Google Apps Attacked by Microsoft in "Googlelighting" Video

 
 
By Clint Boulton  |  Posted 2012-02-22 Email Print this article Print
 
 
 
 
 
 
 

For a company without major cloud computing collaboration clout, Microsoft has a good sense of humor regarding its competition with Google.

Coming from the underdog--if only because Google has over 4 million business customers, thanks to a four-year head start in Web-based collaboration software for businesses--"Googlelighting" is cute.

It's a video that strongly suggests Google is a search business that just does cloud collaboration software on the side, stopping just short of calling Google Apps a sideshow to the main event, but you get that idea for sure:

The concept leverages the mid-to-late 1980s TV comedy "Moonlighting," starring Bruce Willis and Cybill Shepherd as detectives. "Moonlighting" was Willis' big break; he had been tending bar at the time.

What, you didn't think Willis just jumped in as John McClane of "Diehard" fame did you? I digress.

The Shepherd character in this clip grills the WIllis character, called something like "Googen Apperson," who is trying to sell her Google Apps collaboration software.

There are jokes about Google Apps not having active spell check, pivot charts and document editing without a Web connection. One good turn deserves another; Google makes fun of Microsoft for having too many features people don't use.

It's true Google's offline access for is a work in progress. Microsoft also makes fun of Google's frequent software iteration, particularly for its beta products, and the fact that it has killed off Google Gears, Wave and Buzz.

It's pretty humorous, but is it effective? Not really. It's too campy to be effective. Tom Rizzo, senior director for Microsoft Office and Office 365 and the leader of these competitive grenades, noted in a blog post introducing Googlelighting:

Many businesses find that Googlighting also means taking shortcuts, making assumptions about how people "should" work, and generally failing to build and deploy solutions which meet a wide range of business needs. If these concerns and current revelations about Google's privacy policies have you troubled, this may be a great time to check out Office 365, the online collaboration solution for businesses who don't want their documents and mail read.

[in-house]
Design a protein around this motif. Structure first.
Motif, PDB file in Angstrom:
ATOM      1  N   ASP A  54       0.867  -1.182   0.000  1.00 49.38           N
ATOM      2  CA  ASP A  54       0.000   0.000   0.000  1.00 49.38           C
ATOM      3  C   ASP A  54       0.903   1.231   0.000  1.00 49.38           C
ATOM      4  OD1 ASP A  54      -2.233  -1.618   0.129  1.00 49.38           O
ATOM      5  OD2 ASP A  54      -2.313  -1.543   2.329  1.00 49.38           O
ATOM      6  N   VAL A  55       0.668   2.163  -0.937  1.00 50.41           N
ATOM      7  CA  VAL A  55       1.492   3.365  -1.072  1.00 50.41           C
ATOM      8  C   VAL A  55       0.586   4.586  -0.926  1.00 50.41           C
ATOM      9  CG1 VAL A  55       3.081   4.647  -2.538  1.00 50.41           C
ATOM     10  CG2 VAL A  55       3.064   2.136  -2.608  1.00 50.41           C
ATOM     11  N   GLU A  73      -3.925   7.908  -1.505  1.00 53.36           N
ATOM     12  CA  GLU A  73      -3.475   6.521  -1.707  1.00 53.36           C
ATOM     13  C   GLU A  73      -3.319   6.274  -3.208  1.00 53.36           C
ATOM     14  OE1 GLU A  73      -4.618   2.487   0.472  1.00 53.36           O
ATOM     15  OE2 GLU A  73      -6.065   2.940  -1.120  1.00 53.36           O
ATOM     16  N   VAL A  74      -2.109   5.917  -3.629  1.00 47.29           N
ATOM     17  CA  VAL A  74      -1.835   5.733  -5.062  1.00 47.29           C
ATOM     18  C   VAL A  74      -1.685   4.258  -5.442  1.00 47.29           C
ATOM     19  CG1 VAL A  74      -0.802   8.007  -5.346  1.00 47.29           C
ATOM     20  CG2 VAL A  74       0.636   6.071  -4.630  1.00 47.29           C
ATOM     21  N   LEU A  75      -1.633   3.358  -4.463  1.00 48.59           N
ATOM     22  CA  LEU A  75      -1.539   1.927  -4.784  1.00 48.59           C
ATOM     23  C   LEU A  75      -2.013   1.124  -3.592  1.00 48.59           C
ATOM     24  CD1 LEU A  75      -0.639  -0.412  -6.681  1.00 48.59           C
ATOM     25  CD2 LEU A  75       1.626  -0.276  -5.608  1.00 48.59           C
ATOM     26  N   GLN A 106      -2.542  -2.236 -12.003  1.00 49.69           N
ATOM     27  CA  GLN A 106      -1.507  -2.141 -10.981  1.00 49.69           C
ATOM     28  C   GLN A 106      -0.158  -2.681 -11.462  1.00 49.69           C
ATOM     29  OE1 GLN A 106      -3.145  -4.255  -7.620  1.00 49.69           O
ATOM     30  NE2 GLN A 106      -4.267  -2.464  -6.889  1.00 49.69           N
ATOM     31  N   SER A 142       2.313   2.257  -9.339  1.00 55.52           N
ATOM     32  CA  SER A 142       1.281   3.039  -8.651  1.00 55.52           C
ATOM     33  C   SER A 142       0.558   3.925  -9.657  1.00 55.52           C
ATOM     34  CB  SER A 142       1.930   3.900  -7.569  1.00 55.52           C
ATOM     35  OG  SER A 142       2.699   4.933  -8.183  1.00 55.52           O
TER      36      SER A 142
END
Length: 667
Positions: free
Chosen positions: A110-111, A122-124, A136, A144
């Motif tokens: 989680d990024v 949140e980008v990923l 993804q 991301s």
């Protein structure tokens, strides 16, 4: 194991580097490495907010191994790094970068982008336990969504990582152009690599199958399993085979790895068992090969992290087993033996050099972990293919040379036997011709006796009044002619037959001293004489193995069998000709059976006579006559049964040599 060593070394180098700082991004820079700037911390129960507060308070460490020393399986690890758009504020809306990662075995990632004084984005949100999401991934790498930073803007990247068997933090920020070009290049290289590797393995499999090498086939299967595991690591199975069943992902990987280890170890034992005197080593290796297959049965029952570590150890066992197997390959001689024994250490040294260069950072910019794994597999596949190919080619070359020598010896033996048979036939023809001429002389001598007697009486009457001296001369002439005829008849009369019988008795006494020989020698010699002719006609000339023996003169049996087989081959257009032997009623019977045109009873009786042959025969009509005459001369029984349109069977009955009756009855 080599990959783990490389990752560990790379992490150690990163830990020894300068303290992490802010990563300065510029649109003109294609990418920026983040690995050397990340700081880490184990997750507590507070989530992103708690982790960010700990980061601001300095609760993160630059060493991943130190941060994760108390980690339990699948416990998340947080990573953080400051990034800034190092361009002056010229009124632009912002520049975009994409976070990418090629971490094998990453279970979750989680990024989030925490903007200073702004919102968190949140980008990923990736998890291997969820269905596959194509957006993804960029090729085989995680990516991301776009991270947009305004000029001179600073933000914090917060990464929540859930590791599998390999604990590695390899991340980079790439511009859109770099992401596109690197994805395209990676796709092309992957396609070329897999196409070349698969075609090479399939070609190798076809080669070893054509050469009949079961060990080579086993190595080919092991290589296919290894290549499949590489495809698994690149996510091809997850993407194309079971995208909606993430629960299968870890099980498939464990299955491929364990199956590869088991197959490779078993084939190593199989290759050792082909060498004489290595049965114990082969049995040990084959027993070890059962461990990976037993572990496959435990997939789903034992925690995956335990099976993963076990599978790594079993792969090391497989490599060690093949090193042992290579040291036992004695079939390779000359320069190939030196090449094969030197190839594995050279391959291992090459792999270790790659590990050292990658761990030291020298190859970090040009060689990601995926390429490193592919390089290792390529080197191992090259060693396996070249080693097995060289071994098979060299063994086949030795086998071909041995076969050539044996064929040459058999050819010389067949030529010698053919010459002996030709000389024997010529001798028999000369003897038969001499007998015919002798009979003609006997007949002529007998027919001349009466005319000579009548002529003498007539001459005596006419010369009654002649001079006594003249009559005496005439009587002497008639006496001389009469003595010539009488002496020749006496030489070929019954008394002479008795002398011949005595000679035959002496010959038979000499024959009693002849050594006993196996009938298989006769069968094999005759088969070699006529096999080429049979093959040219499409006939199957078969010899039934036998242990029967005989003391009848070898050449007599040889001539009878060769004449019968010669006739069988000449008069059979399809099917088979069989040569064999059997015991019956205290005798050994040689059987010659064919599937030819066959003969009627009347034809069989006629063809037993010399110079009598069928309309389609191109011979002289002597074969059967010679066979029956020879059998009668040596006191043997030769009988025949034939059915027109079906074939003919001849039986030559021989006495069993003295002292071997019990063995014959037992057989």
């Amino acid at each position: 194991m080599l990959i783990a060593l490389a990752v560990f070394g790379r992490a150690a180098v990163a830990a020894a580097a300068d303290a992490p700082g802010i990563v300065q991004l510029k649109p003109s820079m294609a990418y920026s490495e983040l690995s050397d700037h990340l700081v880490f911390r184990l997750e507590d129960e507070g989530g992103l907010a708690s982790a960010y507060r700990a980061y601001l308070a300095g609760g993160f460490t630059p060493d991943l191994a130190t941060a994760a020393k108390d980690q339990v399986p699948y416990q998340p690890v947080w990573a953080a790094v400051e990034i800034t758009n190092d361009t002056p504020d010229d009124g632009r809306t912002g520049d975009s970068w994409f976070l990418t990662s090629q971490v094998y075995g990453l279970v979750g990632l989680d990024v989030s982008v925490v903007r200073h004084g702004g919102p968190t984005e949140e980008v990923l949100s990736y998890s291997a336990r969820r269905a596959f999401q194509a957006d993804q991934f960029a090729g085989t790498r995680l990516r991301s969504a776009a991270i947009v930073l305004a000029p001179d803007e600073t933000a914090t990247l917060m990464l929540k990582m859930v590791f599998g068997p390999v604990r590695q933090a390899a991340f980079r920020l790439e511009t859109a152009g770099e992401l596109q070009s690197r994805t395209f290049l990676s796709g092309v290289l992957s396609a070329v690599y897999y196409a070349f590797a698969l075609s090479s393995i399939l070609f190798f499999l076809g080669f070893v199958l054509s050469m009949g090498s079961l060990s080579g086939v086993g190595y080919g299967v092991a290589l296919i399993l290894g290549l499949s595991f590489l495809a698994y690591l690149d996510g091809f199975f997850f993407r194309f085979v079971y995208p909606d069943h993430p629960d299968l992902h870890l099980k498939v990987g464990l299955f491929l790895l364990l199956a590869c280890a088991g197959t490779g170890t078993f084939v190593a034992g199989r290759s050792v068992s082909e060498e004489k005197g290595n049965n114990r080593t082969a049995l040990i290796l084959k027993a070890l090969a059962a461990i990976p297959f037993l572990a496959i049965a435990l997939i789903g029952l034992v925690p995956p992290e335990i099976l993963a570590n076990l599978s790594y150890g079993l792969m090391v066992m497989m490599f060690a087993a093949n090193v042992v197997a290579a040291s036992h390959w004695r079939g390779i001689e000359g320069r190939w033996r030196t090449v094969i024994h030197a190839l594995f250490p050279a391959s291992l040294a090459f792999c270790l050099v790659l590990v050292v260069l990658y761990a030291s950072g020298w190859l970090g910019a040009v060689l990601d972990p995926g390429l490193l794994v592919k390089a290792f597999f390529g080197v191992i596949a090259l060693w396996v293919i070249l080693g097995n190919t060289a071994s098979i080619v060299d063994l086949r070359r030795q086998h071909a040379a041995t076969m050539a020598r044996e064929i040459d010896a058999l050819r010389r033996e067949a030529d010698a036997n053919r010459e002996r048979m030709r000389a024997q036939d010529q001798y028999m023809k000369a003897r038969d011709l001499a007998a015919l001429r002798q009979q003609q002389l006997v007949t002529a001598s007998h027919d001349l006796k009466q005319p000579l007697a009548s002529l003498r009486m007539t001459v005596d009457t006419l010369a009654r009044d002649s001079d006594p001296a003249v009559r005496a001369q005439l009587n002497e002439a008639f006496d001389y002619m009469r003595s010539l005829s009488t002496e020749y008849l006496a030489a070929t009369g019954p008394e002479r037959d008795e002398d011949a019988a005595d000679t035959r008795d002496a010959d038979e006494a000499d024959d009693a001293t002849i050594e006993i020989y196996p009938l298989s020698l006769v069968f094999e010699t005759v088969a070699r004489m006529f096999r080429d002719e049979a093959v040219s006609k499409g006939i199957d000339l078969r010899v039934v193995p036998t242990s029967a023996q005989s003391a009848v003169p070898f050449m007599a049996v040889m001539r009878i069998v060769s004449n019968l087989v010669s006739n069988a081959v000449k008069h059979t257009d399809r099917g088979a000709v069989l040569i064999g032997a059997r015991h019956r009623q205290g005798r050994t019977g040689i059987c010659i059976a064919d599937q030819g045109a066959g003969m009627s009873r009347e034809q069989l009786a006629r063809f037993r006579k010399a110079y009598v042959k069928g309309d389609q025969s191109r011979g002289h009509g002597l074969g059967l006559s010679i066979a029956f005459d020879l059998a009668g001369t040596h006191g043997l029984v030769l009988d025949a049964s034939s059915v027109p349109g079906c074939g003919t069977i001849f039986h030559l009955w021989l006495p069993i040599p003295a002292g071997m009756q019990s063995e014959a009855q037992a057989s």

So that's the pitch, which is a little like the company's Gmail Man approach from last summer. You have to love how Rizzo worked in the Cookiegate reference, in which Google circumvented Apple's Safari rules to place cookies on iOS devices and Mac computers.

From what I know of Office 365, it's pretty solid, but Google Apps also has a solid reputation.

The company landed BBVA bank as a big customer with 110,000 seats last year and tapped the Roche Group health care concern and its 90,000 users this year.

Of course, Microsoft is still Microsoft, the leader in enterprise collaboration software. I must also note that in the near term, Microsoft's approach of offering cloud and on-premise software seems logical.

There are plenty of businesses that aren't going to give up all of their Exchange/Office software licenses for all cloud, whether it's Google Apps or Office 365. It's just not going to happen.

So Google may be a little ahead of its time, but you can be sure ,Microsoft will be right there with them. This is great for every consumer, prosumer or corporate user because the rivals will keep driving each other.

 
 
 
 
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